Hearn set to release fighters who are unwilling 'to take fights that we believe they should be taking'

Eddie Hearn has called for all promoters to increase the level of their ‘quality control’ to improve the quality of boxing, which promoters, including himself, present to broadcasters.

The comments from Hearn are fresh following confirmation in previous weeks that broadcaster Showtime will be withdrawing from the sport of boxing, leaving its primary promotional partner, Premier Boxing Champions (PBC), without a broadcast deal heading into 2024.

Hearn has vowed to implement improvements on his own promotions leading into 2024, citing that fighters’ purses are spiralling out of control and wishes to bring better value on behalf of broadcaster DAZN.

“Fighter purses are out of control, and they are not delivering on the value that the price represents. Boxing rights are very expensive. When you get it right, boxing is a huge success and rates well, delivers pay-per-view events, and arenas are full. Boxing as a business has to deliver more value to the broadcasters so they stay in the sport,” Hearn said in an interview with IFL.

The withdrawal of Showtime has come as PBC demonstrated arguably its strongest year within the sport since its launch in 2015. Four pay-per-view successes have occurred on Showtime featuring David Benavidez vs Caleb Plant in March, Gervonta Davis vs Ryan Garcia in April, Terence Crawford vs Errol Spence Jr. in July, as well as Canelo Alvarez vs Jermell Charlo in September. Benavidez will feature and headline on PPV again next month as he faces Demetrius Andrade on November 25th.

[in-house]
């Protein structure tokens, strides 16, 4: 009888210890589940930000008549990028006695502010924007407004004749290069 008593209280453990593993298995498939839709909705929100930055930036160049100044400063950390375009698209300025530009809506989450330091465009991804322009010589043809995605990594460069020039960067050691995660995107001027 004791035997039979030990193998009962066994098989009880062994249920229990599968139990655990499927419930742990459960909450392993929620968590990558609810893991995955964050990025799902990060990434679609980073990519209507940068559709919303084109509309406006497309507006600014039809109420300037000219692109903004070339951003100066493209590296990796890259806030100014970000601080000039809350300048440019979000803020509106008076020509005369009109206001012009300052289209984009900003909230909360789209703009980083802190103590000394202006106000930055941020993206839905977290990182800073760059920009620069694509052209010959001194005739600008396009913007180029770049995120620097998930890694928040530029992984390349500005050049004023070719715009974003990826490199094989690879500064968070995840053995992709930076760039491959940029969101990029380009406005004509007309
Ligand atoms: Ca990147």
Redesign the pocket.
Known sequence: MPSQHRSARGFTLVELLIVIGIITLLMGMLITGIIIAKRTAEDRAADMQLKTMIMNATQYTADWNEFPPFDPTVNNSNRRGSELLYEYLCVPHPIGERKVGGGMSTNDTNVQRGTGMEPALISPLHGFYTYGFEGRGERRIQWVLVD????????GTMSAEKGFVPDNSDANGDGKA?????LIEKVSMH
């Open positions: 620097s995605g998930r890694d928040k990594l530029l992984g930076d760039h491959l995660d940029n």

Showtime is set to feature one final pay-per-view on December 9th, which could feature Floyd Mayweather Jr.

Hearn has vowed that he will impose his will on fighters and managers who wish to have easy fights on his upcoming shows leading into the new year and beyond. Hearn is willing to release fighters from their contracts with him because of his belief that broadcasters can not continuously pay for shows which do not deliver.

“The purses continue to increase, and the advisors and the managers continue to want easy fights that don’t deliver,” Hearn continued. “We [the promoters] are the weak ones because sometimes we let them do it. We will be parting ways with fighters because some of them don’t deliver commercially on the numbers they want and some of them are not prepared to take the fights that we believe they should be taking ... It’s like, ‘guys, you’ve had your warm-up fights – no one is interested.’ We need to make big fights. It doesn’t have to be a 50-50. It can just be competitive ... fighters go stale for inactivity and having irrelevant fights. Every promoter is guilty of it, and we have to stop that ... broadcasters can’t continually pay money for shows that don’t deliver.”

Hearn and Matchroom Boxing are set to Former undefeated lightweight champion Devin Haney’s pursuit of super-lightweight title glory against Regis Prograis in December, which will be followed the following week by the flyweight unification duel between Jesse Rodriguez and Sunny Edwards. Meanwhile, next month, Matchroom will promote a rematch between undisputed super-lightweight champion, Chantelle Cameron and the current undisputed lightweight champion Kate Taylor in Dublin, Ireland, signifying a strong finish to 2023.